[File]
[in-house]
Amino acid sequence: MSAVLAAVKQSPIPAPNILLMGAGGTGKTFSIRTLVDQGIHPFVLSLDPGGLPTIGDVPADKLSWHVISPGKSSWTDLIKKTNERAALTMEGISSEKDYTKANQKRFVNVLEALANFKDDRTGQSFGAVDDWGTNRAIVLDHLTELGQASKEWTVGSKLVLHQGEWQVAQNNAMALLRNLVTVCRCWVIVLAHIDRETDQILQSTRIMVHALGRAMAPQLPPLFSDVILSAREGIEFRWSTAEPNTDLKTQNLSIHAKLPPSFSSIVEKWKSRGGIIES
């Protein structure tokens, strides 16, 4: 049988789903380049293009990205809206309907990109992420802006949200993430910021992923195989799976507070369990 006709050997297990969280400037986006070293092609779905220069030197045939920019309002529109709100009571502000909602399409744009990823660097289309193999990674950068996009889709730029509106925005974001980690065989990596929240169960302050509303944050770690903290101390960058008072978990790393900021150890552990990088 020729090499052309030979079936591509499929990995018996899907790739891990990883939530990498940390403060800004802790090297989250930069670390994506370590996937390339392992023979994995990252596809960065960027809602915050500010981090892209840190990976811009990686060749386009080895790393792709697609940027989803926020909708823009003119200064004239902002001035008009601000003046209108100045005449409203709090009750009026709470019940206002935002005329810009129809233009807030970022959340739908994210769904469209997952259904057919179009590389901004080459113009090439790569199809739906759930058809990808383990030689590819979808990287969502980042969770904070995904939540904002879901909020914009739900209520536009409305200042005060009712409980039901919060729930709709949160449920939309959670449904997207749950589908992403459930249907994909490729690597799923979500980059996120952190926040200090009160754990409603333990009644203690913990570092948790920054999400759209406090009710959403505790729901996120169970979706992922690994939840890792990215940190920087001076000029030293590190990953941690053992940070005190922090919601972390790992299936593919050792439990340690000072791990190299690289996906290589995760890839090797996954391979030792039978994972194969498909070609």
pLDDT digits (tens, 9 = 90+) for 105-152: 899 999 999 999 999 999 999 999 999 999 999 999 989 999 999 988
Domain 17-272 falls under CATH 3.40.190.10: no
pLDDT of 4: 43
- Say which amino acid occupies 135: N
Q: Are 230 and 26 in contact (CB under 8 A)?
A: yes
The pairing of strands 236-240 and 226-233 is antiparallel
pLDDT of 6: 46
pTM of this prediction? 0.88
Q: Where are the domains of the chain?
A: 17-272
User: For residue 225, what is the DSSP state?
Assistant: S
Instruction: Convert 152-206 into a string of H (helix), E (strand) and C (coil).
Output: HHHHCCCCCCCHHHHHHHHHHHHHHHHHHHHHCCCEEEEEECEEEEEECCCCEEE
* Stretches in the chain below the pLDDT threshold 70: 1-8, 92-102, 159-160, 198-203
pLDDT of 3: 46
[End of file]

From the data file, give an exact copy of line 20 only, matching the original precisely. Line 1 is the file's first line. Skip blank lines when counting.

pLDDT of 3: 46